Government surveys are crucial for policymaking. They are typically large scale, nationally representative surveys, conducted with the objective of understanding how people of the country are faring in various aspects of their lives, what their needs, demands and aspirations are, how businesses, small and big, and the overall economy is doing, at large.
In 2021, NITI Aayog compiled an inventory of all-India surveys and found that Indian Government has been conducting surveys across a diverse set of themes, ranging from health, labour and employment to agriculture and demographic profile, etc.
Measuring and tracking key indicators through relevant and timely data collection is at the heart of evidence-based policymaking. One such area of data collection that the government is actively engaged in pertains to understanding households’ financial lives.
Very simply put, building a picture of a household’s financial life refers to understanding how households borrow, save, spend, invest and manage their risks. It also refers to understanding the level of engagement households have with formal and informal sources of finance, and factors that influence households’ financial decision-making. These factors include socio-economic context (location of residence, education, income levels, and occupational profiles), financial capability in terms of their financial knowledge, and access to financial services.
It is commendable that the government has developed several datasets towards building an understanding of households’ financial lives and their financial profile. However, there is a need to update and expand the scope of data collection, so that the work by government in this regard can be further strengthened. Here’s a list of areas where further thinking and action is needed.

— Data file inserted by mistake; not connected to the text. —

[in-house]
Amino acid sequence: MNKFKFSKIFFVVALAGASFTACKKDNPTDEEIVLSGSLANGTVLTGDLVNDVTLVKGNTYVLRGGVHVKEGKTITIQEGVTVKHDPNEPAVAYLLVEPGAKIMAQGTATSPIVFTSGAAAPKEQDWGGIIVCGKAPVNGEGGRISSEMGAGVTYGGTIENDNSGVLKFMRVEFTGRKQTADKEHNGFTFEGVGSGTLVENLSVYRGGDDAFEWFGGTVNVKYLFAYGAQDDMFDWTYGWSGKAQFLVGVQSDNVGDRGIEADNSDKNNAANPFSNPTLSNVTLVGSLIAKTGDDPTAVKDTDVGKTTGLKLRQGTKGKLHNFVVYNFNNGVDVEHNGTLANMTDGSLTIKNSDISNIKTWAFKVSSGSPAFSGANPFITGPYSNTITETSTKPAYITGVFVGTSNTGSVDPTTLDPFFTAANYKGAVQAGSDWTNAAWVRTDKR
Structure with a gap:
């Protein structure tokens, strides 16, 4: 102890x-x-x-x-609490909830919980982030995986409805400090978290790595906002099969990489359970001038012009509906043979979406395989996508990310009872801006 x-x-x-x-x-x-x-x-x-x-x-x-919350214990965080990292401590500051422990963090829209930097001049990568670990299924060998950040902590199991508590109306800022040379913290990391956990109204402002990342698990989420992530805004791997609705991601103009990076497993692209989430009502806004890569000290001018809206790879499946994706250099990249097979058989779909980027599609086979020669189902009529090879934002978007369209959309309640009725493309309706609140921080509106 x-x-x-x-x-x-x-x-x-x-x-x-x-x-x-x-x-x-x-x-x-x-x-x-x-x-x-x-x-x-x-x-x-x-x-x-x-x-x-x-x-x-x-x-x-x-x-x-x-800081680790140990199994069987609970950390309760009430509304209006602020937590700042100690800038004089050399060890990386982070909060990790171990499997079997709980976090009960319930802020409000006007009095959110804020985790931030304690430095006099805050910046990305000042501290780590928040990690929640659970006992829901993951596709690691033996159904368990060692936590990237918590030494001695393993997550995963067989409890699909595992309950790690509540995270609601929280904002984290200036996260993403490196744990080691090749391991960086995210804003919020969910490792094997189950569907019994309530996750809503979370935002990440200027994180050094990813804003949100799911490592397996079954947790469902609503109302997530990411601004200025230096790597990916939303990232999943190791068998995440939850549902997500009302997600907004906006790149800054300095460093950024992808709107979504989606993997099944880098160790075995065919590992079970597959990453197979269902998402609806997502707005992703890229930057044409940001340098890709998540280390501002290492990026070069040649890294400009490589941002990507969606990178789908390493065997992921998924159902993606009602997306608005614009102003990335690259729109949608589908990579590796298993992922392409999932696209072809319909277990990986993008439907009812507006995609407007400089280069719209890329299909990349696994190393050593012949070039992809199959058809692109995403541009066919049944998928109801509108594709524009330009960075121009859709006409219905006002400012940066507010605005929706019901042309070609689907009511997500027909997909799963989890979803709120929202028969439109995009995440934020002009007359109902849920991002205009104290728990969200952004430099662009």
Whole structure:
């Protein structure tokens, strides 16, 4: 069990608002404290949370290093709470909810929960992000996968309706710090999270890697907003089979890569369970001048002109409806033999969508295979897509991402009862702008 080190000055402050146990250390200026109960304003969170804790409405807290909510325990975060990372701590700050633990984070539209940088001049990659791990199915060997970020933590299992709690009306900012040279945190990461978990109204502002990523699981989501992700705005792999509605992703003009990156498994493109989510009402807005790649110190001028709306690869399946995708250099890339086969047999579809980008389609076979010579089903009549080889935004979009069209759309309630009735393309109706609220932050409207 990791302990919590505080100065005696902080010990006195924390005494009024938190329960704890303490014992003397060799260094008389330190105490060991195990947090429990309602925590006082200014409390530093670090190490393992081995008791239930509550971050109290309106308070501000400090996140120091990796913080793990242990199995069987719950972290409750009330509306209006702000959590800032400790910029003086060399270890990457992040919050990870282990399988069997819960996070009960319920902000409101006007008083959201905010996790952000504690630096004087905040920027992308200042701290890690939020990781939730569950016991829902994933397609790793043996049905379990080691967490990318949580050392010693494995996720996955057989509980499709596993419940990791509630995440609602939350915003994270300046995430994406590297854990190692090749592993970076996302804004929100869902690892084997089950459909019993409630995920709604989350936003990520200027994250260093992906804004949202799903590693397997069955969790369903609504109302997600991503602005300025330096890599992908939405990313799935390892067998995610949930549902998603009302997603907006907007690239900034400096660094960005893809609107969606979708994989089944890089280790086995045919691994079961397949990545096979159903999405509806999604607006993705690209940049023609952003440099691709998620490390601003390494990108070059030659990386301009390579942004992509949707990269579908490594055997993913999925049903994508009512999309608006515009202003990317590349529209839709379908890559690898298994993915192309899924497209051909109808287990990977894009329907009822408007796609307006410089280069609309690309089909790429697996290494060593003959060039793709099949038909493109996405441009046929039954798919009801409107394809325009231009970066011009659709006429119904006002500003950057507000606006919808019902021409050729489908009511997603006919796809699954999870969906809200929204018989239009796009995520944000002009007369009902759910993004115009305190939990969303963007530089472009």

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Need for an updated dataset on households’ consumption pattern
The household consumption expenditure survey made available by the National Sample Survey Office (NSSO) was last conducted in 2011-12, with the government deciding to do away with the 2017-18 round of survey due to data quality issues. This has left a gnawing gap in understanding household’s consumption pattern.
An important utility of the consumption expenditure survey is the estimates of monthly per capita expenditure that it generates, which, among other things, is used to identify poverty levels in various parts of the country.
In the absence of this dataset, noted academicians and policy experts have used alternate datasets and proxies to estimate the poverty rate leading to conflicting narratives about poverty head count rate of India. The survey is also used to develop an understanding of the proportion in which households spend across various components, such as food and non-food items, durable goods, etc. and how these proportions vary by income groups. Information such as this can help government understand if nutritional and other basic needs of households are being met and whether there is a need for government intervention or support.